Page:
Tom Willis, who co-founded ParAllele BioScience and eventually sold it to Affymetrix, says that scientists who are pursuing their own dreams of starting a company should heed a simple rule: keep the fundraising to a minimum.
Most importantly, avoid venture capital for as long as you possibly can. "In general, I think a lot of companies can fail by trying to be companies too early," Willis says. "From the second that you take … cash from venture capitalists to the moment that you have to have some productive exit for investors … is a fairly narrow window."
Keep to a shoestring budget, and try to get your company up and running with grant or angel funding — those will have a lot fewer strings attached than VC money would. "My advice is to move things along when you don't have that question of capital pressure as far as you can," Willis adds.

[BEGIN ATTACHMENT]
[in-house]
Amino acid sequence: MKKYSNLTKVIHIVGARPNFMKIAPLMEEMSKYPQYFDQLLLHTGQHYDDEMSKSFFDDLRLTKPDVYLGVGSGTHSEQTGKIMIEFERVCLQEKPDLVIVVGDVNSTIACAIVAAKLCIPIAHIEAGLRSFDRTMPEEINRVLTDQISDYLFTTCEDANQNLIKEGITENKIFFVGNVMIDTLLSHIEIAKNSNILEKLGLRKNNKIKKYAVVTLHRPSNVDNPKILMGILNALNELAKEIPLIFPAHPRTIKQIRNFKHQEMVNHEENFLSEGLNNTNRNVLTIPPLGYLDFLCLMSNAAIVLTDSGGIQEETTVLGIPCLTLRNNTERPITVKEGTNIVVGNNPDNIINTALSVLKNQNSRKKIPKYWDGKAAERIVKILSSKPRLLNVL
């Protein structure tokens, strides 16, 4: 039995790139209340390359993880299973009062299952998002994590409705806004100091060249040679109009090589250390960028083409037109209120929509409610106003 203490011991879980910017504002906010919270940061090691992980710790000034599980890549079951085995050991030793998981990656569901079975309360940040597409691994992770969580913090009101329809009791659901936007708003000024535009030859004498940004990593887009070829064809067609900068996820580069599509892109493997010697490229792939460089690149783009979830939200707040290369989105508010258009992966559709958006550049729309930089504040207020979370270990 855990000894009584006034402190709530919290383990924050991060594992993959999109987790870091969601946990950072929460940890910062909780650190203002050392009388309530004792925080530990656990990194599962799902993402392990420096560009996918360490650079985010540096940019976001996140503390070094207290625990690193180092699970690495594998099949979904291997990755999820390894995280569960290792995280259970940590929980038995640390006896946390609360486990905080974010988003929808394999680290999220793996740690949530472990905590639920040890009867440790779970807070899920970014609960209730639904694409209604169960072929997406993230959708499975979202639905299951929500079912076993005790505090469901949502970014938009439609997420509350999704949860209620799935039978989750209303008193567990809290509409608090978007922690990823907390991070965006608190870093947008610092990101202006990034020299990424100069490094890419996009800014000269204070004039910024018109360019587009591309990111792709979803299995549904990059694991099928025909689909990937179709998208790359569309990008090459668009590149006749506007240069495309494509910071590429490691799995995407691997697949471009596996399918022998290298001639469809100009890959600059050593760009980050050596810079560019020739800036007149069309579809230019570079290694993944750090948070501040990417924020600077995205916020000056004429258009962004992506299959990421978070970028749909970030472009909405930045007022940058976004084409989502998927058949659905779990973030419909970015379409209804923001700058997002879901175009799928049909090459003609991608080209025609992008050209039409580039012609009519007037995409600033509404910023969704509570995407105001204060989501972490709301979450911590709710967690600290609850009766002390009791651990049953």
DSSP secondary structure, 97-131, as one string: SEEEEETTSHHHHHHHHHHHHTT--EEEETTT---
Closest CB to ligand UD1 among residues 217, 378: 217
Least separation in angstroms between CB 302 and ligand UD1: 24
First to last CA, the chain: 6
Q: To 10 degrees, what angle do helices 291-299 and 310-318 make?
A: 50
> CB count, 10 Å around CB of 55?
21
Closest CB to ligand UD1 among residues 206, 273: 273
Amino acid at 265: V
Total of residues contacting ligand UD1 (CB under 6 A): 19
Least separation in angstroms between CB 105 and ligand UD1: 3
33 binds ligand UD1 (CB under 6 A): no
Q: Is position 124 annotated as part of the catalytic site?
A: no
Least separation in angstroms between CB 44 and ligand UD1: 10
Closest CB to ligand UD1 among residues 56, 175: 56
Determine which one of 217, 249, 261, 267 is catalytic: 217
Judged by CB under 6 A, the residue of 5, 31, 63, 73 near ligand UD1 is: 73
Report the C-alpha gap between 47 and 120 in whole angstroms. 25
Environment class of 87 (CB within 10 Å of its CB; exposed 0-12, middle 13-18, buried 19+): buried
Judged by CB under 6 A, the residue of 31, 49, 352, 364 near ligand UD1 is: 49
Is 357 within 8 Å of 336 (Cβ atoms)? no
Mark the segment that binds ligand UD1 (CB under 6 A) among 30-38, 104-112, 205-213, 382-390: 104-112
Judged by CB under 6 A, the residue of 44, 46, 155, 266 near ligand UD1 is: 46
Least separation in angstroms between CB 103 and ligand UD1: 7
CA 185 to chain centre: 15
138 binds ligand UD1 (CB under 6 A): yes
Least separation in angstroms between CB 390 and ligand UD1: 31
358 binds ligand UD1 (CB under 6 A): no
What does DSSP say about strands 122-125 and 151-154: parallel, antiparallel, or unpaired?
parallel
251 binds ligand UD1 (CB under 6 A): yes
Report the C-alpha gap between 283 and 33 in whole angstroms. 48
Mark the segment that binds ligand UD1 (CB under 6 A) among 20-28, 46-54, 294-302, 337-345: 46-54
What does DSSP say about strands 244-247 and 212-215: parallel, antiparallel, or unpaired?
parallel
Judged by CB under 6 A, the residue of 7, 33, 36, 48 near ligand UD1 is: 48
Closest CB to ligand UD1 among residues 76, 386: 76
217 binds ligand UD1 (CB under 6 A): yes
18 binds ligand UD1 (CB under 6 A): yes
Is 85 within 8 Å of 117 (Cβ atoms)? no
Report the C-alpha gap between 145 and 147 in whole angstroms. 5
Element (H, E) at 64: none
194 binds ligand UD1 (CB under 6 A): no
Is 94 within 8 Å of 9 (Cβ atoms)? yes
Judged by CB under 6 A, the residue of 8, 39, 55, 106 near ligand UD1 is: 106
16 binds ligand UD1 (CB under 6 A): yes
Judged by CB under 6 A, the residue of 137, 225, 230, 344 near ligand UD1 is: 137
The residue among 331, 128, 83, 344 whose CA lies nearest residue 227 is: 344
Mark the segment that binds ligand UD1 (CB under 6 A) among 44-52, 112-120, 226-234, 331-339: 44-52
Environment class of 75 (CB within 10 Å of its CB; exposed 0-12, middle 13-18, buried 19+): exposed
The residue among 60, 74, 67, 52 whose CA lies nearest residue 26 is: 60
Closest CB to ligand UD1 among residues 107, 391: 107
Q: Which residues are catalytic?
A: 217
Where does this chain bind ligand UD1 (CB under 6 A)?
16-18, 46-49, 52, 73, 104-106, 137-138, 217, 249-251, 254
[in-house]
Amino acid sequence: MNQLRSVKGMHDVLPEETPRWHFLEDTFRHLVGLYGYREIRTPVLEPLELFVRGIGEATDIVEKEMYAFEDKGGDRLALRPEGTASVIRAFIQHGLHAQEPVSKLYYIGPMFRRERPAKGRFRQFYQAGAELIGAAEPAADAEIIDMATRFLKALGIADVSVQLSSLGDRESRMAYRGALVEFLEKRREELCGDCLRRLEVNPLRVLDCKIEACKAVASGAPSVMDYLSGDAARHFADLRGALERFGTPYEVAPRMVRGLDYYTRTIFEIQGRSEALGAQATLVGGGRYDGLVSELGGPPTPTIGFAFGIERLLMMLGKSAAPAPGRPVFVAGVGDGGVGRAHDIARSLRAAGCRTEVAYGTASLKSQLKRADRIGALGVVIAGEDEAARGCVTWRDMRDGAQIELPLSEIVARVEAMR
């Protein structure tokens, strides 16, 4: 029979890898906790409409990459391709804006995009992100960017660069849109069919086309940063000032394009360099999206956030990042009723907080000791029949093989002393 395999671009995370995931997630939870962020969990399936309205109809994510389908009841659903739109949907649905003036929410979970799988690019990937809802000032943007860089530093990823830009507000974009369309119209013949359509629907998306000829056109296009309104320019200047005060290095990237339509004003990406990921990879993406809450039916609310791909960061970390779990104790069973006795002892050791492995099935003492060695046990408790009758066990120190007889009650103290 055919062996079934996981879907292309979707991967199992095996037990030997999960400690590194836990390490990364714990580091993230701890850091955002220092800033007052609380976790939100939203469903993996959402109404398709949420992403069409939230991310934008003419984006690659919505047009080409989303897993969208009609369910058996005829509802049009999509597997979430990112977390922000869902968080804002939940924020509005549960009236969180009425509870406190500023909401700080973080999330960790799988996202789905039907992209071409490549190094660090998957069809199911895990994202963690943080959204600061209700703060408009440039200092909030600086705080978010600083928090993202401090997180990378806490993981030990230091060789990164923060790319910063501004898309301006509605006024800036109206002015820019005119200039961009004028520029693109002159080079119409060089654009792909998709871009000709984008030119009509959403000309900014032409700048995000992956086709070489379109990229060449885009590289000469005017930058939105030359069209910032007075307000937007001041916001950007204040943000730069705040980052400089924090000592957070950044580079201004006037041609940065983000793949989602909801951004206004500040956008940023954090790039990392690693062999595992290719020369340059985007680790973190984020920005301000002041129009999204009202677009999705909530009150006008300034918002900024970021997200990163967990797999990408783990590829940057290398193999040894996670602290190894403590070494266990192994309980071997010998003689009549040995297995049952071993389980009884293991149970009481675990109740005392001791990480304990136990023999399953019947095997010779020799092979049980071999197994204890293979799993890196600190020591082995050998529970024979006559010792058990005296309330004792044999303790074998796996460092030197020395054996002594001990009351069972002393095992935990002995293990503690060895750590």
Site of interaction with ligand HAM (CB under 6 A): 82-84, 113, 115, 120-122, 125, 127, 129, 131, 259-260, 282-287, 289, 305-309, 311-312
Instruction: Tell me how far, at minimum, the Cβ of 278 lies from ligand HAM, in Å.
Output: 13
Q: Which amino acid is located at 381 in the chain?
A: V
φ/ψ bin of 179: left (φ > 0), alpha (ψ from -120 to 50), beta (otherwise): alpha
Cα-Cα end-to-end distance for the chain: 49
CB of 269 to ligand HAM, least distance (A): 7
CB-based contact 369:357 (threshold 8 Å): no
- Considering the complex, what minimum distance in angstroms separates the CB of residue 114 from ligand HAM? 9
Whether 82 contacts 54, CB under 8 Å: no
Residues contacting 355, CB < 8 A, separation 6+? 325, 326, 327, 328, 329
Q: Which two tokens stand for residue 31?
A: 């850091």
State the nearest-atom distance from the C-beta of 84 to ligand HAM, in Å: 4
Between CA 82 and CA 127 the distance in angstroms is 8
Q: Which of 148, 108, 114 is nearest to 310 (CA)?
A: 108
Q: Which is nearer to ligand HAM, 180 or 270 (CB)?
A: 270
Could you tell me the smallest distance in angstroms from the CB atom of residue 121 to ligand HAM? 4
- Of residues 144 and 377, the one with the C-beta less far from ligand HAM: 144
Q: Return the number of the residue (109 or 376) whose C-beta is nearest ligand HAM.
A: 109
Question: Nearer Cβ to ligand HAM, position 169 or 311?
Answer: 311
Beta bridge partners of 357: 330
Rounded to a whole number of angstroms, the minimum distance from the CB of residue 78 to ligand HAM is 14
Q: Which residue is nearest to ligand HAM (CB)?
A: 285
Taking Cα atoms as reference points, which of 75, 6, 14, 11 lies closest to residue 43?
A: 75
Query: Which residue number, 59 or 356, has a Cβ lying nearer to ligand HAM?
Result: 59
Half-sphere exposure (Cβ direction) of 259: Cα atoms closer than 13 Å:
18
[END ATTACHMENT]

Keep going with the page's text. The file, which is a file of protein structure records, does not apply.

Also remember: the earlier the venture capitalists come in, the bigger the stake they'll want in your company. If you take on more of the risk of developing your product for a longer period of time, your reward is getting to keep more of the company — and, of course, a bigger share when your startup begins to rake in money.
Willis says a hallmark of the companies he's been involved with recently – including microparticle firm True Materials, which was acquired by Affymetrix for $25 million, and sequencing startup Avantome, bought by Illumina for as much as $60 million – is that "all of them had raised relatively small amounts of money" before they showed enough appeal to be acquired.
Currently, Willis is chairman of the board of Boreal Genomics, where he helped scientific founder Andre Marziali establish a business plan that required very little money up front to develop and commercialize a DNA purification instrument.